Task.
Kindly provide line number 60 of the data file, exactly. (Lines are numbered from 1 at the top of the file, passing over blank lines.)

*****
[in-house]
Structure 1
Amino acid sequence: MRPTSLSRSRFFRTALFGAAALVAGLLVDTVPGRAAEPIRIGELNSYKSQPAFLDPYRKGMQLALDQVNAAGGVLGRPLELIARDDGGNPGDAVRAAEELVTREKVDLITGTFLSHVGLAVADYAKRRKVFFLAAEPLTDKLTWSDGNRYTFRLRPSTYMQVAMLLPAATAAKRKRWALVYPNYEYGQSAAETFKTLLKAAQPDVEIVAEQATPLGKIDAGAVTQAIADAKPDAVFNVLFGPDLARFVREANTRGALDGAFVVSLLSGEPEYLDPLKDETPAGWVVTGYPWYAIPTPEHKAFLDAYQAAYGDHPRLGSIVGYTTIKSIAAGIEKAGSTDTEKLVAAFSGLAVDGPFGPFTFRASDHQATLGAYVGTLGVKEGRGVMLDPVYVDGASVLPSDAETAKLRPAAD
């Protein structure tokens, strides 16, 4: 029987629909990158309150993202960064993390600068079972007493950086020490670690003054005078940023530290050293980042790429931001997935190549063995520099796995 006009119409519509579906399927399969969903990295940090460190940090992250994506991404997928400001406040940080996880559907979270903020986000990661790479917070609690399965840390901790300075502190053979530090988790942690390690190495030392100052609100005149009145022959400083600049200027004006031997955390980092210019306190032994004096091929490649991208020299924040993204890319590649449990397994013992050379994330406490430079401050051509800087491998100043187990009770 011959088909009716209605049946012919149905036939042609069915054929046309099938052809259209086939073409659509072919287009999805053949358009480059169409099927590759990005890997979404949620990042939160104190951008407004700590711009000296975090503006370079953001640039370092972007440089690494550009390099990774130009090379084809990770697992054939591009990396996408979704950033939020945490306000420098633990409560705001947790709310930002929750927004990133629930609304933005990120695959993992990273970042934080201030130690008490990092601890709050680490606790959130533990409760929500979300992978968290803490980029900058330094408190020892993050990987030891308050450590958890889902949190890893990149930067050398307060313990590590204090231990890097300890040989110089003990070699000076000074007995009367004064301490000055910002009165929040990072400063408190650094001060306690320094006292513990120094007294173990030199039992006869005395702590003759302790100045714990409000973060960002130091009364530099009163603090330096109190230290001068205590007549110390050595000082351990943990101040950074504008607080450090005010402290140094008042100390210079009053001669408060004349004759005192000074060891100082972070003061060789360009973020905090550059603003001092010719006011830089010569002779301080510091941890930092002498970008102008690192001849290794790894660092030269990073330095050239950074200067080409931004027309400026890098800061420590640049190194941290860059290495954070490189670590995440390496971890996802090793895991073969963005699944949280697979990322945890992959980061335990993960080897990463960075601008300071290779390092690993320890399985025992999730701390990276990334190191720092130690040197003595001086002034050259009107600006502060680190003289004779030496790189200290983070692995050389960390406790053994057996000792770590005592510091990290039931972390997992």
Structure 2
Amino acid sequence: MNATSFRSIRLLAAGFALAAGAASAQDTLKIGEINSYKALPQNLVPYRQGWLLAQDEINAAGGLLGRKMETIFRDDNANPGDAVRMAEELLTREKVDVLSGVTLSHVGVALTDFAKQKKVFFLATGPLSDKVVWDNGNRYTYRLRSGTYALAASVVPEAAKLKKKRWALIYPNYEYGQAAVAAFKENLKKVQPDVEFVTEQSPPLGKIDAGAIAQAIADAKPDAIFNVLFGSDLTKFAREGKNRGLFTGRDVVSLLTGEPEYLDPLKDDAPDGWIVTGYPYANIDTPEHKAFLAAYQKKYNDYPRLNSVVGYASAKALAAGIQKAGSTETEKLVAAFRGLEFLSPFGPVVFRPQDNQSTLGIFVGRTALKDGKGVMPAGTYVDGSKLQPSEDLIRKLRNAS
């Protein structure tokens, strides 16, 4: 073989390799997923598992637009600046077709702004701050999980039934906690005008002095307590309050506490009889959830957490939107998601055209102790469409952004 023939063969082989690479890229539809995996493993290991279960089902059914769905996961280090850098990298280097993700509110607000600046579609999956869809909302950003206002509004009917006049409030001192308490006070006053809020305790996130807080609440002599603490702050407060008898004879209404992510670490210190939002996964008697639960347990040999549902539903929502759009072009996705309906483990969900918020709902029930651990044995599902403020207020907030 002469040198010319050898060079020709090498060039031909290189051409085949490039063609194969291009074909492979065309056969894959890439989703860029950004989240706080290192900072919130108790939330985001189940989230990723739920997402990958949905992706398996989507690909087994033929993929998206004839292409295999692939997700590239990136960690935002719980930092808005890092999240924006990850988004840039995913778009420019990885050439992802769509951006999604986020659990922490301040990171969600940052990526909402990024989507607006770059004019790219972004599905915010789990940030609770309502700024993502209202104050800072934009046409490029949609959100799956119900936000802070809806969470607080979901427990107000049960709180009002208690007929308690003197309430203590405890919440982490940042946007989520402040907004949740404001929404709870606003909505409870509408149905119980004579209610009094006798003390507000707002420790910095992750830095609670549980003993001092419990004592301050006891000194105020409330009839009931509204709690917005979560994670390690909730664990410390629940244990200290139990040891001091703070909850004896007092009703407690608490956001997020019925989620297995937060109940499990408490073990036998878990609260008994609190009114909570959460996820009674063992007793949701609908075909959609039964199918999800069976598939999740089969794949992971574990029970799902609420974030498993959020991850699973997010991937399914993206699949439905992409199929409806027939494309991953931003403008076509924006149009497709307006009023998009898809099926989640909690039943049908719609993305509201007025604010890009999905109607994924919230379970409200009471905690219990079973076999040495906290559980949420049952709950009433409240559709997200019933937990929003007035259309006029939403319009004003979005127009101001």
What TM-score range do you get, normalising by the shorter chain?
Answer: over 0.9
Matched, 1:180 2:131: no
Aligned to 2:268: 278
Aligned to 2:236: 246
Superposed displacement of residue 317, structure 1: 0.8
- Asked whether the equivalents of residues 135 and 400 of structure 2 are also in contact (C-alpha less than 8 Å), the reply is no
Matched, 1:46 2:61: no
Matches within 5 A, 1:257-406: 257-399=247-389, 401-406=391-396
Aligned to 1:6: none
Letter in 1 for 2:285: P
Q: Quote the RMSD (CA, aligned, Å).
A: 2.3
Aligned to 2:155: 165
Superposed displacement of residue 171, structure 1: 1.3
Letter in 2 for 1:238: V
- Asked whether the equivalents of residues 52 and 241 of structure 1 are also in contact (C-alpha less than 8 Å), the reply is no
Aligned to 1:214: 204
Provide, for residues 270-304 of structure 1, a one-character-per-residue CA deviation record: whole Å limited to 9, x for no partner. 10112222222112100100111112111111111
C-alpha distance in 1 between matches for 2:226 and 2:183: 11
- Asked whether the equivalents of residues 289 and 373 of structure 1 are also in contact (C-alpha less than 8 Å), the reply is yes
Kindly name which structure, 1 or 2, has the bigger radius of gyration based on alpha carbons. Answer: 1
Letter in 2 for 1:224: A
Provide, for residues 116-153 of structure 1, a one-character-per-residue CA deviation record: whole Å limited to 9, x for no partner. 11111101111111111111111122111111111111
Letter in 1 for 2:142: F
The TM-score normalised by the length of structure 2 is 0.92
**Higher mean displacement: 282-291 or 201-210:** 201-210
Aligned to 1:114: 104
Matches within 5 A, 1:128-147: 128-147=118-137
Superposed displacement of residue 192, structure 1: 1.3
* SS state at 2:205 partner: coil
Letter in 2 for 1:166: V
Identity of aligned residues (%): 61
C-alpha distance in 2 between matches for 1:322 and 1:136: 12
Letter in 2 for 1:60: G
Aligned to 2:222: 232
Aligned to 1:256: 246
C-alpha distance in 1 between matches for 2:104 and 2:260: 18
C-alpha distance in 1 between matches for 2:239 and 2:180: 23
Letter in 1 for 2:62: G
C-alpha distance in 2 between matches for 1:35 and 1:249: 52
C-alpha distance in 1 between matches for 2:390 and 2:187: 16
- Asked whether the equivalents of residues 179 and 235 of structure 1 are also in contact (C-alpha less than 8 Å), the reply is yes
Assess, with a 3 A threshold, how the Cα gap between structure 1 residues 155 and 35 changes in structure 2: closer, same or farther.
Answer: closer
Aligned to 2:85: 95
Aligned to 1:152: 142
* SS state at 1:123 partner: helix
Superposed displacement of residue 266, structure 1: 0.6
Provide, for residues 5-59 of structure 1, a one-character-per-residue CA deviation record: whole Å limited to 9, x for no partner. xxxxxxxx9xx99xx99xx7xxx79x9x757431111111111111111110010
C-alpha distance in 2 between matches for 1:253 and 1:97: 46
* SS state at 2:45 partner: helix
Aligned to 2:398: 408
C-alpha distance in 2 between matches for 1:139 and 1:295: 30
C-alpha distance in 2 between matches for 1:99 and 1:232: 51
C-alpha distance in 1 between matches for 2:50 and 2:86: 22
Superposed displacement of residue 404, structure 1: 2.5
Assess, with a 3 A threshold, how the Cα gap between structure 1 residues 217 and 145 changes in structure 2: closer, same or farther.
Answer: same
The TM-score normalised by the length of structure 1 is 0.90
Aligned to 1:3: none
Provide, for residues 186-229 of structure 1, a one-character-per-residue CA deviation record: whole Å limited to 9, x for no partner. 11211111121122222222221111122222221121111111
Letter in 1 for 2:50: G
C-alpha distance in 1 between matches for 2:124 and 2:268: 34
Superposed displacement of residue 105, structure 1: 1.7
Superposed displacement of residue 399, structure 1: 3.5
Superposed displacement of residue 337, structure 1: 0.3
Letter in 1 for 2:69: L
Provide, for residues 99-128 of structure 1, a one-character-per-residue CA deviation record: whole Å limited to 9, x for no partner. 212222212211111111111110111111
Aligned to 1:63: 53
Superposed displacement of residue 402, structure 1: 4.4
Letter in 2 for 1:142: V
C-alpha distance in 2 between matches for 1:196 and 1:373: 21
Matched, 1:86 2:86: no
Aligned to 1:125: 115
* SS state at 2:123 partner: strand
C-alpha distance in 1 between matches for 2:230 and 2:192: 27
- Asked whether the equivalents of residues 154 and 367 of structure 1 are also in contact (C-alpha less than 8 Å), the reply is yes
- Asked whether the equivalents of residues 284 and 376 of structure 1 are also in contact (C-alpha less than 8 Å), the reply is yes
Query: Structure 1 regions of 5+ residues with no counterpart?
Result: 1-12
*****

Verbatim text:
Aligned to 2:398: 408